An Archivist without Archives

As you know Derbyshire Record Office is now closed to the public until further notice due to the ongoing coronavirus pandemic.  At the beginning of this week we had hoped that record office staff would still be able to go to work and be able to spend lots of time working on collections to improve access to them once we re-opened as normal.  Unfortunately, this has not proved to be possible and all staff are now working from home with no access to the collections.  Several staff have joined a rota so that someone is still regularly accessing the building to undertake essential maintenance tasks such as monitoring environmental conditions in the strong rooms to make sure we can keep the collections safe even though the building is empty for most of the time.

So, the question becomes if we don’t have access to the archives and local studies collections, how can we all still continue to work?  It is far from ideal, but there is actually a lot more we can do at home than you might imagine, and we will be keeping you updated about what we’re working via the blog.

I’m now on my third day working from home, and although I can’t give you a long list of things I have achieved, I’m going to take the risk of suggesting a long list of things I would like to achieve, and rely on our followers to keep me on track by seeing how I am getting on.

The first thing that will be a priority for us is answering email enquiries.  As we can’t access the collections, the hard copy indexes and some other systems that require you to be on site, we can’t answer all enquiries as fully as we would normally be able to.  However, we can still access a lot of information via the online catalogue and a couple of other backup systems.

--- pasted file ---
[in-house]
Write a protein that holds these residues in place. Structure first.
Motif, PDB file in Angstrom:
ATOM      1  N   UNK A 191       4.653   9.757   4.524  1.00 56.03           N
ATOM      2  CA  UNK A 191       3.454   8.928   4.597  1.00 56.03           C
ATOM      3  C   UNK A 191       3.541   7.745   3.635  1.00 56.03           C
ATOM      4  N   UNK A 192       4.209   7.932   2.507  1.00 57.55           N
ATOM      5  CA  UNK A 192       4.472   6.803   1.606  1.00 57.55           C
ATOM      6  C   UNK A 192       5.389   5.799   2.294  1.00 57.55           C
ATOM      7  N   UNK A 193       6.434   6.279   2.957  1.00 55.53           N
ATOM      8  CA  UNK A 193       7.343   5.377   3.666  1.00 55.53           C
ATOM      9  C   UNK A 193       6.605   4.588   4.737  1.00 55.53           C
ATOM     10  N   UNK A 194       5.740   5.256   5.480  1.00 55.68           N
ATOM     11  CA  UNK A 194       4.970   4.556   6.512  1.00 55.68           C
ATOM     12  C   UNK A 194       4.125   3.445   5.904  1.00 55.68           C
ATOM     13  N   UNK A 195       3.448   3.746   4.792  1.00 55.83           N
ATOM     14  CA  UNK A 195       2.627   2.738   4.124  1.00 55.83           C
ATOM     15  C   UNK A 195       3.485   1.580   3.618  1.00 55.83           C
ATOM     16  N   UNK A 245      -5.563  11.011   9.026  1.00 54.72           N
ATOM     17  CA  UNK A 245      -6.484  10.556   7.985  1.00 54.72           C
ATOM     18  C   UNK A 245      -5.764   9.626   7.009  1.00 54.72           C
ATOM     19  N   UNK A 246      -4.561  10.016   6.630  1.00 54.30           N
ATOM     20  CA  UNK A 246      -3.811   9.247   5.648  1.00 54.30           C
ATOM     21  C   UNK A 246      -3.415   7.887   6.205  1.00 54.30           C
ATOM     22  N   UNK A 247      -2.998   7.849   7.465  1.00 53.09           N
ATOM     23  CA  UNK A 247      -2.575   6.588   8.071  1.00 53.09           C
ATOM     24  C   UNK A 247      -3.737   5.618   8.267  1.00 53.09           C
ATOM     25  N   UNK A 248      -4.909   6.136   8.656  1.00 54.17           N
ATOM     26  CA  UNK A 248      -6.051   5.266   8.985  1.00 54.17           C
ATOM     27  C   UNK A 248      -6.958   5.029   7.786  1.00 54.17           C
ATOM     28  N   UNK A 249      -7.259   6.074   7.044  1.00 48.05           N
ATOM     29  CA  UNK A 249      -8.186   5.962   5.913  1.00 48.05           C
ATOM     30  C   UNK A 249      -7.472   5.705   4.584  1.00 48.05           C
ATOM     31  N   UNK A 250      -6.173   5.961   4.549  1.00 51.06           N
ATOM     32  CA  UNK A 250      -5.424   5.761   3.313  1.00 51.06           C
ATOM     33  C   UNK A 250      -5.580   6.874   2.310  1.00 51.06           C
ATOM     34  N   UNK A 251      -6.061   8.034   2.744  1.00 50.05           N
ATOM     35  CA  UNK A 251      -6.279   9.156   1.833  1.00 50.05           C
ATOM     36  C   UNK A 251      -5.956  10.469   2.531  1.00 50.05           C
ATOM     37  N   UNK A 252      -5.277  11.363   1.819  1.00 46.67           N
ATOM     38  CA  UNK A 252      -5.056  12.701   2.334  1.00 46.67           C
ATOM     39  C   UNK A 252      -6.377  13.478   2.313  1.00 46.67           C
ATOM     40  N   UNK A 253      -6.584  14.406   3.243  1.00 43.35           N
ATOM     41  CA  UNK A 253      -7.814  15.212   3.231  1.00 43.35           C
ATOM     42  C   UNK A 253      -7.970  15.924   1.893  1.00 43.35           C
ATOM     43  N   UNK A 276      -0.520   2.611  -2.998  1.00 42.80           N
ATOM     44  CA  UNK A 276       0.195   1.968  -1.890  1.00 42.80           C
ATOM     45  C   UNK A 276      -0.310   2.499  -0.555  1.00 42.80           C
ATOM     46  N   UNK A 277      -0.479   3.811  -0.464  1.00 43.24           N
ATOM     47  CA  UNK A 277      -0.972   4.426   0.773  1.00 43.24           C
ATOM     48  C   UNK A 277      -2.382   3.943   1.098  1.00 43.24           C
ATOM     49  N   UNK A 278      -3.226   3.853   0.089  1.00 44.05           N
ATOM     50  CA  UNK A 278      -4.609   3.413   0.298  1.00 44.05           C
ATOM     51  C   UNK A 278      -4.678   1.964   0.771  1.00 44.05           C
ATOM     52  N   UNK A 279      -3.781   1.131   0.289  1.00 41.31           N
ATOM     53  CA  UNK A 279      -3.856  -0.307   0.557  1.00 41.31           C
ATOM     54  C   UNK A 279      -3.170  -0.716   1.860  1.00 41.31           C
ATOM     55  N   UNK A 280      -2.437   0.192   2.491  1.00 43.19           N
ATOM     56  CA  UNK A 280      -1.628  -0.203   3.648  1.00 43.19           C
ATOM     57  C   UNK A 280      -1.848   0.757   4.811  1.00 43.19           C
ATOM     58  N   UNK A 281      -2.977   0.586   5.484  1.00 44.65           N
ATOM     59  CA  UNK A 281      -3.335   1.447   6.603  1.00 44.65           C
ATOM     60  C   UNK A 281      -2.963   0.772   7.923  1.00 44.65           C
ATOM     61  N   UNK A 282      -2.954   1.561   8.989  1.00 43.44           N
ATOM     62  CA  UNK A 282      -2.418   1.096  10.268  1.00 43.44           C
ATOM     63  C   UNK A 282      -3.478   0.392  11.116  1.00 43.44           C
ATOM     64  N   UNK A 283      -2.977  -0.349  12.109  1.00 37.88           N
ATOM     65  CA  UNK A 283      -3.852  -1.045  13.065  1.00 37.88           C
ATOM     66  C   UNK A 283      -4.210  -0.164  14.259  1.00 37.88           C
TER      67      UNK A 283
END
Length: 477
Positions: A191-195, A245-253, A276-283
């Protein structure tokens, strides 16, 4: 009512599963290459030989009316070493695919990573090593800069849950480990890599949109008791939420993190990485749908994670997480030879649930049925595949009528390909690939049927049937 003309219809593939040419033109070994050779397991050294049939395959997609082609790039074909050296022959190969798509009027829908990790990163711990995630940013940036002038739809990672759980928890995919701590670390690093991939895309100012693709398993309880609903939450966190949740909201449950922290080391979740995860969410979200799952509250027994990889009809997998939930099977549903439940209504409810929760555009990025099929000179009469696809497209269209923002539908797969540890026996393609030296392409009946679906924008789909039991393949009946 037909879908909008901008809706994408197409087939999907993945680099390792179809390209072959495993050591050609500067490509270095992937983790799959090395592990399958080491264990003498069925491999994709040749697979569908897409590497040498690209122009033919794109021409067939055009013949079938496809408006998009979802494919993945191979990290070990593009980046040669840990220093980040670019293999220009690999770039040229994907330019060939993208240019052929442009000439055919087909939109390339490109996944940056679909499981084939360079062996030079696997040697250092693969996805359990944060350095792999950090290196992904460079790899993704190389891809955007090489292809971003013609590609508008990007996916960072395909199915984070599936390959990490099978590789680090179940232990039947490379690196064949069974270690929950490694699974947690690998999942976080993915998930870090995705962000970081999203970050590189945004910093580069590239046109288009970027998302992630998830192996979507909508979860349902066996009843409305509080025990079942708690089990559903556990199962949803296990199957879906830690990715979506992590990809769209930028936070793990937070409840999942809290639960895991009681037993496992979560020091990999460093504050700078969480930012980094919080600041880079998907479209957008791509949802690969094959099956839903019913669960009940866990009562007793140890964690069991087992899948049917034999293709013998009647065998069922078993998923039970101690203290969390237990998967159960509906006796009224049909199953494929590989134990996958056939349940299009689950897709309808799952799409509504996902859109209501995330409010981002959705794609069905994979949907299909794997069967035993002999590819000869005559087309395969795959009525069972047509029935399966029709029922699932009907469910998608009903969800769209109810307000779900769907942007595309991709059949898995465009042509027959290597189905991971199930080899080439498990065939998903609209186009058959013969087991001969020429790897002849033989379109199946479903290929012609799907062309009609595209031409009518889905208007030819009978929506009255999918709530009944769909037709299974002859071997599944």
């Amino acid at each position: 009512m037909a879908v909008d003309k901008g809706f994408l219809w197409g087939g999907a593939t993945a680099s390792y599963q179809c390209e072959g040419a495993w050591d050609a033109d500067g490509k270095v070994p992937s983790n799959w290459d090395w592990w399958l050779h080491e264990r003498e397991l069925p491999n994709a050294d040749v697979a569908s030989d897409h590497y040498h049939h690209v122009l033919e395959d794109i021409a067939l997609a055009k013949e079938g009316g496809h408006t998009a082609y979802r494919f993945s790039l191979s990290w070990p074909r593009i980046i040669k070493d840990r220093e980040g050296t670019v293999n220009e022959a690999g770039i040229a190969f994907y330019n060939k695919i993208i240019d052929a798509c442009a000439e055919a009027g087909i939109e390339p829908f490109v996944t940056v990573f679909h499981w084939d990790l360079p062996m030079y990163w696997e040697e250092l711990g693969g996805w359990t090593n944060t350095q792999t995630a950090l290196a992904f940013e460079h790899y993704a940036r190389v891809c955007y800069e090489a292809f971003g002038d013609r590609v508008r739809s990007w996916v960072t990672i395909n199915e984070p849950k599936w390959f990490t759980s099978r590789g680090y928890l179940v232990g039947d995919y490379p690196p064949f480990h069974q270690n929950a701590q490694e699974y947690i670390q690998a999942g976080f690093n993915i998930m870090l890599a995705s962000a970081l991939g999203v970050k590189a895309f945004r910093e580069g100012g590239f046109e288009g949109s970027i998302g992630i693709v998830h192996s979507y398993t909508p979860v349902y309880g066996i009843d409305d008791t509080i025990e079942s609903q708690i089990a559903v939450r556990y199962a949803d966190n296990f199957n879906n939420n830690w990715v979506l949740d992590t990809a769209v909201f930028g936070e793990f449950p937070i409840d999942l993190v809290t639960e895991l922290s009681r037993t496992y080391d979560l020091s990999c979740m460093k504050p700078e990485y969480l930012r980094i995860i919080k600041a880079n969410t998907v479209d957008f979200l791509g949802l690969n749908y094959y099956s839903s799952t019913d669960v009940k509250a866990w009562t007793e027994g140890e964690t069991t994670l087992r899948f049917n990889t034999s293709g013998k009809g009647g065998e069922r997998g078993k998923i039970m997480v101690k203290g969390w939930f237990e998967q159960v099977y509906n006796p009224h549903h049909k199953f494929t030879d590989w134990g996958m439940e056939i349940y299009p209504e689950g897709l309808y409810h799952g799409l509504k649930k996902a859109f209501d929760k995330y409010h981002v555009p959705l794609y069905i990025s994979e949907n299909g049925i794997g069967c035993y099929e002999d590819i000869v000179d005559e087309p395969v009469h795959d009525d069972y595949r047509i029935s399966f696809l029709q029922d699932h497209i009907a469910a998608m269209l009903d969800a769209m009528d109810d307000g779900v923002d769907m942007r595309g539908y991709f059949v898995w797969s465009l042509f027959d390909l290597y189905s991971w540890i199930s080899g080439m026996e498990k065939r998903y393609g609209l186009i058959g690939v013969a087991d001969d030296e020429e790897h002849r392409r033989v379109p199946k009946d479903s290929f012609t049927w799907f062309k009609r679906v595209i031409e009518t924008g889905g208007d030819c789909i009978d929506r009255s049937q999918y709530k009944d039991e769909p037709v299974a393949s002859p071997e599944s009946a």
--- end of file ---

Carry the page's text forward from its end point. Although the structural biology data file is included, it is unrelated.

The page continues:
That brings me on to the second thing, which is working through the collections information that is currently not available to the public via the online catalogue to make sure that it is – this includes a lot of work that several volunteers have been working on and can now be edited for publication. There is a lot of work to do on this front, and it is something all the staff are working on during the closure period.  For the time being, we can do the preparatory work but only publish the information online was we are back in the office because of the way the system works.

In terms of improving the catalogues, for a while we have discussing how we can make the collections more searchable and accessible through the use of indexing.  You may have noticed that the Local Studies items in the catalogue are indexed by name and place, and can link through to other items with that index term.  This is not currently the case for the archive items.  In particular, I hope we will be able to create detailed index files for all Derbyshire parishes so that where an item is indexed you can see full information about that place (e.g. which poor law union it was in, which local authority was responsible before 1974, etc.).  Actually indexing the catalogue entries is not something we can currently do at home, but the prep work will make it more useful when we do.

Similarly, we (though not me) will be looking to create similar index files for individuals, families and companies.  Such a task is a bit like painting the Forth Road Bridge as it will never end, but it would be great to start having some collections indexed by name.